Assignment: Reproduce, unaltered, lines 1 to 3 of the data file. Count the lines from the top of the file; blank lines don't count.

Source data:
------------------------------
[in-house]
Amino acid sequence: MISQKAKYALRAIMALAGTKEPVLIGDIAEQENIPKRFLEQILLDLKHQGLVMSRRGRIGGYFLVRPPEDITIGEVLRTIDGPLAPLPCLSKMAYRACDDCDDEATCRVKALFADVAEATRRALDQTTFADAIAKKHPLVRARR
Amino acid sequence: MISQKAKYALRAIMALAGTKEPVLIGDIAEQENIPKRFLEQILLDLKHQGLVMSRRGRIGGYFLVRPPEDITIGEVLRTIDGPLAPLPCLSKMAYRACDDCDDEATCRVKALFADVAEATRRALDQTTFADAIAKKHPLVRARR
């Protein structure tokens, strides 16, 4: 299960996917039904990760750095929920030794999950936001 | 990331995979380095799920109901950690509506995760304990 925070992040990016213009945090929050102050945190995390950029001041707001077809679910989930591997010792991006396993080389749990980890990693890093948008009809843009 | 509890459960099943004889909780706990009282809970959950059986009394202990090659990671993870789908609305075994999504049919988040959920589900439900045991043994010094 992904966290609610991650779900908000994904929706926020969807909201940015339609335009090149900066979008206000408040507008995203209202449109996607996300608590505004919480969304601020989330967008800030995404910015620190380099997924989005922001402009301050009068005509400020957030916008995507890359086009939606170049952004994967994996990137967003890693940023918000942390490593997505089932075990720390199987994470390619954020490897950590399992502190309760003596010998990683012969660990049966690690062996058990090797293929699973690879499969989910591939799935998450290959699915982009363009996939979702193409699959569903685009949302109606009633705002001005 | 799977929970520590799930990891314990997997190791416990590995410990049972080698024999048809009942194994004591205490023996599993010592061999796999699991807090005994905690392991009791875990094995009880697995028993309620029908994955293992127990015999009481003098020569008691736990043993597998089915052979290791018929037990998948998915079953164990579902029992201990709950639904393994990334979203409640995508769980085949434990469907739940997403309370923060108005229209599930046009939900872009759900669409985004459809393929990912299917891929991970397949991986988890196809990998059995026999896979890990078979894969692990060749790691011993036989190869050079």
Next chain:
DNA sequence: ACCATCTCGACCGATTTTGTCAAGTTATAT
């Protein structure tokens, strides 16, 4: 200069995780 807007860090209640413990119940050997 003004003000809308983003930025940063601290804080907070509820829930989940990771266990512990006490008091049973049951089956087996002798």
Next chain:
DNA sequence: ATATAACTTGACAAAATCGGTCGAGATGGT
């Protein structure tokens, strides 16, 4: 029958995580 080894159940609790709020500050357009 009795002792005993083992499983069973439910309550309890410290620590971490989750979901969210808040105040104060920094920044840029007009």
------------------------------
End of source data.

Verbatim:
[in-house]
Amino acid sequence: MISQKAKYALRAIMALAGTKEPVLIGDIAEQENIPKRFLEQILLDLKHQGLVMSRRGRIGGYFLVRPPEDITIGEVLRTIDGPLAPLPCLSKMAYRACDDCDDEATCRVKALFADVAEATRRALDQTTFADAIAKKHPLVRARR
Amino acid sequence: MISQKAKYALRAIMALAGTKEPVLIGDIAEQENIPKRFLEQILLDLKHQGLVMSRRGRIGGYFLVRPPEDITIGEVLRTIDGPLAPLPCLSKMAYRACDDCDDEATCRVKALFADVAEATRRALDQTTFADAIAKKHPLVRARR